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Long IslandPolitics

Moochalot — a brief, sliming moment — comes to abrupt end

Anthony Scaramucci, seen July 21, 2017, was given

Anthony Scaramucci, seen July 21, 2017, was given the boot by new Trump administration chief of staff John F. Kelly. Photo Credit: EPA / Michael Reynolds

End of an error

In 45-plus years as a Marine, John F. Kelly commanded more than a few good men. Within days after he was named White House chief of staff, the former four-star general told Donald Trump: You can’t handle the Mooch.

And so ended the short but spectacularly turbulent reign of Anthony Scaramucci as Trump’s communications director. Minutes after Trump officially swore him in to bring order and discipline to the White House, Kelly cashiered the mouthy Long Islander.

Trump hadn’t seemed much bothered last week by Scaramucci’s profanity-riddled rants to a New Yorker reporter. Some in the White House said it helped grease the exit of one of Scaramucci’s targets, chief of staff Reince Priebus.

But reports say Kelly found the Wall Street figure’s behavior abhorrent and embarrassing, and Trump came around.

“The president certainly felt that Anthony’s comments were inappropriate for a person in that position and he didn’t want to burden General Kelly,” said press secretary Sarah Huckabee Sanders. See Emily Ngo’s story for Newsday.

A fine-tuned machine

No WH chaos!” insisted a Trump tweet in the morning shortly before he swore in Kelly to fix the chaos.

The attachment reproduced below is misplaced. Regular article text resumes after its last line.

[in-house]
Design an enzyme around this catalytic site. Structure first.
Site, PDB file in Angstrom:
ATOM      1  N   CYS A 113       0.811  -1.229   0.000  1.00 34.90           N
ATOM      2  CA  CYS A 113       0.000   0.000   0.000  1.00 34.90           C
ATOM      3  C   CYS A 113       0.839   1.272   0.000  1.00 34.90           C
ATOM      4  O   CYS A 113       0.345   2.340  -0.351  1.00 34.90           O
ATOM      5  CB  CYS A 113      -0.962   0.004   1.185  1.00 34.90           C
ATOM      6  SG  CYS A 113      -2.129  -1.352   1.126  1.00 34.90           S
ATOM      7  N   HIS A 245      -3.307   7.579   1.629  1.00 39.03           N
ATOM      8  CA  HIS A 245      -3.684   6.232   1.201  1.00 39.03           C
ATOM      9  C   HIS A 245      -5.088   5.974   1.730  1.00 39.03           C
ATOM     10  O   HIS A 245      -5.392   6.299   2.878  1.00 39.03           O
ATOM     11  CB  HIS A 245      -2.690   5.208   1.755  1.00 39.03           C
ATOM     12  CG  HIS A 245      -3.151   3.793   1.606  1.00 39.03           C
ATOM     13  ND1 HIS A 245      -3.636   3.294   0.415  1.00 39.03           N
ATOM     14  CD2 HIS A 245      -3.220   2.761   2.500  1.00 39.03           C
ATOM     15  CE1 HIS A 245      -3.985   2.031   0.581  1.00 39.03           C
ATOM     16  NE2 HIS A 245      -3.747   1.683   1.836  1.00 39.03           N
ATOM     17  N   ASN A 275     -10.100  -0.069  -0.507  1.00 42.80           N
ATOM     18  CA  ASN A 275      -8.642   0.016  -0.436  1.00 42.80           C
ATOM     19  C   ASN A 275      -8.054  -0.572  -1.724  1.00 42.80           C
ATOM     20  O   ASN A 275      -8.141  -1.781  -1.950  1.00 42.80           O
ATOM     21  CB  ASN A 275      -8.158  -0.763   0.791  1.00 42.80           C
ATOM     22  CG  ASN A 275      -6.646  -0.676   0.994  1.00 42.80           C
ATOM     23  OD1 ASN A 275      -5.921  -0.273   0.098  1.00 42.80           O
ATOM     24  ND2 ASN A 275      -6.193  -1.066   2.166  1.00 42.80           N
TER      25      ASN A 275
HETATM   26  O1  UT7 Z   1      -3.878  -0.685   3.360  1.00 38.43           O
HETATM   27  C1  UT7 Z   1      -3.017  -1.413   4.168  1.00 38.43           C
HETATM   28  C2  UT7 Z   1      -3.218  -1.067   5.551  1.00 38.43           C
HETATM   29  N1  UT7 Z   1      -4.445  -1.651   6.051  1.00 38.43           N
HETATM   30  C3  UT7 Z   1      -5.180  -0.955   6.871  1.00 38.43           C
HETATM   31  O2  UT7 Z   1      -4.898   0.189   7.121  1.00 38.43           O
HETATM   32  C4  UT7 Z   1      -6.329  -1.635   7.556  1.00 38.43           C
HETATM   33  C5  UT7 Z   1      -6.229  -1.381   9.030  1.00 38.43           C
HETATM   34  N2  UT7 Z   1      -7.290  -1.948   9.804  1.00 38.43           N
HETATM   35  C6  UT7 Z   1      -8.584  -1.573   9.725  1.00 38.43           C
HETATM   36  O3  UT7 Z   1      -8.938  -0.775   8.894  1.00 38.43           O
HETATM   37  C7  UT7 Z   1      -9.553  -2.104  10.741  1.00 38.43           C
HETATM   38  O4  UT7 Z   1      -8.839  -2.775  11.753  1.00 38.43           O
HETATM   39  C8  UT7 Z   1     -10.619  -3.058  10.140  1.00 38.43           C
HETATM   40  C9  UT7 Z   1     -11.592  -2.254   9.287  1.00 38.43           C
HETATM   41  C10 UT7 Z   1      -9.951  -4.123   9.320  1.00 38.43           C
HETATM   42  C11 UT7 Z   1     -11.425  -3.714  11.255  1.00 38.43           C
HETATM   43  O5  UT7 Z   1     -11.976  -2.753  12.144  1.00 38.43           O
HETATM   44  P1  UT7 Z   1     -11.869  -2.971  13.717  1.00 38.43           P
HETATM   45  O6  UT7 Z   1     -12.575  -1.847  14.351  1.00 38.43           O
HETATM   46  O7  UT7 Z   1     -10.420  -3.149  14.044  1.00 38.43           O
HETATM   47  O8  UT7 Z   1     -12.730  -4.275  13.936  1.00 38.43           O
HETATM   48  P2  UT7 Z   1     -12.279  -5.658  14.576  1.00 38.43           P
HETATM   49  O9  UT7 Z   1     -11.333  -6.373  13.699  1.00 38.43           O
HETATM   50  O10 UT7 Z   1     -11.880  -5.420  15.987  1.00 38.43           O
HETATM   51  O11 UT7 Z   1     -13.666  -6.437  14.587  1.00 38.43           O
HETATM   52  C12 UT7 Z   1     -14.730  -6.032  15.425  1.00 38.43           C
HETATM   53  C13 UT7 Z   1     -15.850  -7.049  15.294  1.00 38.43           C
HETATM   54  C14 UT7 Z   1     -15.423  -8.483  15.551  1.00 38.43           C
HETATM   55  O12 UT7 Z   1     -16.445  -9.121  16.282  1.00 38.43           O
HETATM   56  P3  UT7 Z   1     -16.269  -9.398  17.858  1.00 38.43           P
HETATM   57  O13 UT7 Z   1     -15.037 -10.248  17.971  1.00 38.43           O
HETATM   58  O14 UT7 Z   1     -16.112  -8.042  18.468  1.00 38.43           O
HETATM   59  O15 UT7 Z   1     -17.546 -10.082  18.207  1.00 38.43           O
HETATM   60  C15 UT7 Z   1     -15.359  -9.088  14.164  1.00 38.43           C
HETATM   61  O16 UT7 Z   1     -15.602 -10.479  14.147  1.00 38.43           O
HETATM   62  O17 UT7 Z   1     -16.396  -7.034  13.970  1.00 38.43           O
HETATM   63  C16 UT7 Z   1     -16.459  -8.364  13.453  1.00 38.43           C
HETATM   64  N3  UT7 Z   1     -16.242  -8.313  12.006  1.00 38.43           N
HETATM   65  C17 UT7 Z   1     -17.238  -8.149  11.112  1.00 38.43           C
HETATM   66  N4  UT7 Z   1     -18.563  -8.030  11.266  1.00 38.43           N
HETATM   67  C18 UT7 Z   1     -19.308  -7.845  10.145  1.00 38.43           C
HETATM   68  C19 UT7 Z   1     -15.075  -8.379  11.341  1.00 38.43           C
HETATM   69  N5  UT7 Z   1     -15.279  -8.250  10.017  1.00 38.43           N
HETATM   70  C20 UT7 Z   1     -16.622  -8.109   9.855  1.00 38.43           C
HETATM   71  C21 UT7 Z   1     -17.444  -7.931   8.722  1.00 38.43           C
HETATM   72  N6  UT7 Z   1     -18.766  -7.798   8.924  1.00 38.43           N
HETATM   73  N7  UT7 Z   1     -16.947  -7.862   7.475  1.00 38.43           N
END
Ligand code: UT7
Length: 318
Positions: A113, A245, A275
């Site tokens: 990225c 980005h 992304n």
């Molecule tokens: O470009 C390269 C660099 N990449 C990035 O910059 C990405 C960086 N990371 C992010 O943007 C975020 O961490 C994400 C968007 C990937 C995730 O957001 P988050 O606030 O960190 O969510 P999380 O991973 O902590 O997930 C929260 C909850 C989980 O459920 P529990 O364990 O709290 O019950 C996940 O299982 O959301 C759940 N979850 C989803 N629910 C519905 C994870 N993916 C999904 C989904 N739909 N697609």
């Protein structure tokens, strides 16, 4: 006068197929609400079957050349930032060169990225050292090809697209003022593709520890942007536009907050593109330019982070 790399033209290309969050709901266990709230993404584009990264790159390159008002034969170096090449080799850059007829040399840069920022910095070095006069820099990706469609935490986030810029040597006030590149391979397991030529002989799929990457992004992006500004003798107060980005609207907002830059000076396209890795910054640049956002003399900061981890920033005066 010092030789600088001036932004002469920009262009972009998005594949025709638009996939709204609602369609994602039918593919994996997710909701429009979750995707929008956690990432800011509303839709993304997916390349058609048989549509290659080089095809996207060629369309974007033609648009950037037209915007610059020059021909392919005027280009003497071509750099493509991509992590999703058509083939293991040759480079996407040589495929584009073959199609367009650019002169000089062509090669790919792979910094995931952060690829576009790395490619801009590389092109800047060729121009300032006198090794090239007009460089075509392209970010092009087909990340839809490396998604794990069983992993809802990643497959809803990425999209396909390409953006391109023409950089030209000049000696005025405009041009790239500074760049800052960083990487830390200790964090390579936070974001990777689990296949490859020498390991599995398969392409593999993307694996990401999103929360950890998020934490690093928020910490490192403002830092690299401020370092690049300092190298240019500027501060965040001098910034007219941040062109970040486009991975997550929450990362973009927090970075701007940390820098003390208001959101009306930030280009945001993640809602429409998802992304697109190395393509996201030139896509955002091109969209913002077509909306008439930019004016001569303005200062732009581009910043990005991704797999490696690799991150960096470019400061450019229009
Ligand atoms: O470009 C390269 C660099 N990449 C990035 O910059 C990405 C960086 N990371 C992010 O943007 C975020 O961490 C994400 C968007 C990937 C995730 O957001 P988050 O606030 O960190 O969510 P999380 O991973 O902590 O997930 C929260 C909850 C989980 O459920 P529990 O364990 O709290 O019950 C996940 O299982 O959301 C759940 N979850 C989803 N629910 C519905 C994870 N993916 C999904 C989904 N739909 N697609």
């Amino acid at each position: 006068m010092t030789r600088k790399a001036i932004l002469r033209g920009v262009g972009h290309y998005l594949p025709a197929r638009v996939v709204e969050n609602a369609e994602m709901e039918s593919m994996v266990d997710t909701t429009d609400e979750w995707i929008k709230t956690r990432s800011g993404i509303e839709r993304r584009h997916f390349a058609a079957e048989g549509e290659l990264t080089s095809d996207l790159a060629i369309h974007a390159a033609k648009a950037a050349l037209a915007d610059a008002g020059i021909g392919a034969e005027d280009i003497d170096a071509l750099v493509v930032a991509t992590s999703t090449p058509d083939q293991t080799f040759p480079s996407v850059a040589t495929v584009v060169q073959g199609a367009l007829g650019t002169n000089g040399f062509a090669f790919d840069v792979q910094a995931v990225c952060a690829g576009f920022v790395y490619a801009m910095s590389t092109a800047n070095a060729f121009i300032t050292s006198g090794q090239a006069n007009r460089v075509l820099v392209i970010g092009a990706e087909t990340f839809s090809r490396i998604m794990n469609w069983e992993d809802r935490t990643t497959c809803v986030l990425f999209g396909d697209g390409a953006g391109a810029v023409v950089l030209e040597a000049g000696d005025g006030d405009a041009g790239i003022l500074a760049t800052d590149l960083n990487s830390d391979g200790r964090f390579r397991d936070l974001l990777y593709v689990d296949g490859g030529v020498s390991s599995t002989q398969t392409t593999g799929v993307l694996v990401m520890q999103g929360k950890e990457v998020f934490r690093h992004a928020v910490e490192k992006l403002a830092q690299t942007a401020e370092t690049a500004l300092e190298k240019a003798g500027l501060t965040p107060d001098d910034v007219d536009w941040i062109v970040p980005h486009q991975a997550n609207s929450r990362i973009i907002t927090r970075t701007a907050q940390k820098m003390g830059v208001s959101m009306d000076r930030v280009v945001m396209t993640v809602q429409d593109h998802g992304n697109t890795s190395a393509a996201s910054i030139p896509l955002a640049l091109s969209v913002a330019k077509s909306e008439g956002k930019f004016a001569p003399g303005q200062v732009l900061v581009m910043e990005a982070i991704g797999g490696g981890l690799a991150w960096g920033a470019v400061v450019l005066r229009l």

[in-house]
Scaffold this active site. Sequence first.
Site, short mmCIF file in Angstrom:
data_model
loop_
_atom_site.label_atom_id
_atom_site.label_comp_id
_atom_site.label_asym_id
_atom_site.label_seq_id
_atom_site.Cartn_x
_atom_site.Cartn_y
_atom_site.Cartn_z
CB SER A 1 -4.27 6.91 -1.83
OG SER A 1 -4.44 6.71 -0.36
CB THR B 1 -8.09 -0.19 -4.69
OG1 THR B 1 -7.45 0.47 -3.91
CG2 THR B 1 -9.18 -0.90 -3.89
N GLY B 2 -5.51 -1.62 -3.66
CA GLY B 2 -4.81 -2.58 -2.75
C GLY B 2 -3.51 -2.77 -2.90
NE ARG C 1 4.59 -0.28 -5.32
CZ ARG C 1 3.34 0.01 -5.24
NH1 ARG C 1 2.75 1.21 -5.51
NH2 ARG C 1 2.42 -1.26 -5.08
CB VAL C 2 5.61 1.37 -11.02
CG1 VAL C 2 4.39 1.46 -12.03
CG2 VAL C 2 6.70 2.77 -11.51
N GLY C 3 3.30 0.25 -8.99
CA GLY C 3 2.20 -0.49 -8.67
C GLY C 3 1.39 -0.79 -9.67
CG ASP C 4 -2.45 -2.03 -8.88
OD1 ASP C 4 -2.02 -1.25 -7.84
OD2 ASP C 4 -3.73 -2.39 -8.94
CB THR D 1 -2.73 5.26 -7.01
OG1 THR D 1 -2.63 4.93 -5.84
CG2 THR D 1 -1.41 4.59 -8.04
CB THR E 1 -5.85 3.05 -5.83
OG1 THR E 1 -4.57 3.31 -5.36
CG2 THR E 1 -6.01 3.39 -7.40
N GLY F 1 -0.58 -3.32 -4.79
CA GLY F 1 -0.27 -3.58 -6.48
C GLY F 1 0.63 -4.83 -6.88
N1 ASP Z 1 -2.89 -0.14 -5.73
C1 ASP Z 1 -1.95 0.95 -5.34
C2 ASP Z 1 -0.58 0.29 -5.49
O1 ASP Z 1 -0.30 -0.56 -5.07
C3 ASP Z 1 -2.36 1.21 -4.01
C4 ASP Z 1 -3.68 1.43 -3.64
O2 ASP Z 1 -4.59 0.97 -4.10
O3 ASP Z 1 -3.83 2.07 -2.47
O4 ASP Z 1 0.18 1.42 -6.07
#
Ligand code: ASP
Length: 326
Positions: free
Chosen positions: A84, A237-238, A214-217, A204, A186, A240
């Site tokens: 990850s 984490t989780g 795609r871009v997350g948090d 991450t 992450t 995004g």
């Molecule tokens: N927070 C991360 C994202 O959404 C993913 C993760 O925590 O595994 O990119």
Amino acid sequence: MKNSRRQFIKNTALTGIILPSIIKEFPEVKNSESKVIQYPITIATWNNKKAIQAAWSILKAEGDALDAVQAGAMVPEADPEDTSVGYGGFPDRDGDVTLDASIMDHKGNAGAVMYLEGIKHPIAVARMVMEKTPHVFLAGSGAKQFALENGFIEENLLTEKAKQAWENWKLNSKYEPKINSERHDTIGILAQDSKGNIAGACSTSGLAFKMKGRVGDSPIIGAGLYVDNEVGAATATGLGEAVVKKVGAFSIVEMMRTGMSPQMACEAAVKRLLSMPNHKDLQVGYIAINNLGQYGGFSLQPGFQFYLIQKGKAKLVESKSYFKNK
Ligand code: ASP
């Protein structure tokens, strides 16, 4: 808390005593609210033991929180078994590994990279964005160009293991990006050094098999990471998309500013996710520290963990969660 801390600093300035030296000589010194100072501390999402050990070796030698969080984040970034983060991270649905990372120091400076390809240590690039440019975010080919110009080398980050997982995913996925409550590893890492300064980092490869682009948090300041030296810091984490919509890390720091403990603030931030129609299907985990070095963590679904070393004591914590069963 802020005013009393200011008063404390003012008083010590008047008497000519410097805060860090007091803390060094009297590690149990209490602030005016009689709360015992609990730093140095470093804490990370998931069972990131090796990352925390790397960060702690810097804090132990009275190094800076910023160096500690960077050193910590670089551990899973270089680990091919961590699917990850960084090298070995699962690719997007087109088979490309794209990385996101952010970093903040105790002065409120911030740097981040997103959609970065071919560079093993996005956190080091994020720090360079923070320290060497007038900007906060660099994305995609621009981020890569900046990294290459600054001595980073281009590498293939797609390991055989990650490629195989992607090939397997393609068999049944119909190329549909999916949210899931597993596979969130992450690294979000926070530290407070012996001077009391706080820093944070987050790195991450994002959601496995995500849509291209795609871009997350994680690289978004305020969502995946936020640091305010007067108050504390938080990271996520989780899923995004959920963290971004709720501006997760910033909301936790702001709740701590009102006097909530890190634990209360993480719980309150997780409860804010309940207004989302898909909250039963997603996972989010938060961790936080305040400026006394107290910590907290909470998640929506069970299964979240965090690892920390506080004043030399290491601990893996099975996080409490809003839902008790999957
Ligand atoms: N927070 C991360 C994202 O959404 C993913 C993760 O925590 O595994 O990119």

To review, here’s what’s happened since just July 21:

Scaramucci hired as communications director. Sean Spicer quits as press secretary in protest. Trump trashes Attorney General Jeff Sessions almost daily. Obamacare repeal fails in Senate. Scaramucci threatens mass firings to stop leaks. Scaramucci profanely and happily predicts Priebus’ ouster as chief of staff. Priebus is sent packing. Kelly is named chief of staff. Kelly boots Scaramucci.

At 10 days, Scaramucci lasted half as long as National Security Adviser Mike Flynn.

But Trump seemed pleased in an evening tweet: “A great day at the White House!”

No soft landing

ABC News said Scaramucci’s allies floated the idea of letting him return to his previous gig — chief strategy officer at the Export-Import Bank — but Sanders said he “does not have a role at this time” with the Trump administration.

If Washington has seen the last of Scaramucci, he at least left a legacy of quotes. CNN compiled this collection of 10 memorable lines.

The take-away: Too far

Smashing the MS-13 gang is a popular goal, one that a wide consensus of Long Islanders can get behind. But Trump, as is his wont, went too far for some — police departments among them — with his aside in Brentwood Friday about headbanging suspects as they’re taken away, writes Newsday’s Dan Janison.

“I believe he was making a joke at the time,” Sanders said at her briefing Monday.

It was one of several instances in just the course of a week in which Trump’s rally-style tough talk drifted out of sync with the occasion.

Ignoring the dear leader 

Senate leaders indicated they intend to turn away from health insurance to tax changes, even as Trump & Co. continue demanding that they stay focused on finding a way to repeal Obamacare. 

"We've had our vote, and we're moving on to tax reform," said Sen. John Thune (R-South Dakota), one of Majority Leader Mitch McConnell's top lieutenants, as reported by The Washington Post.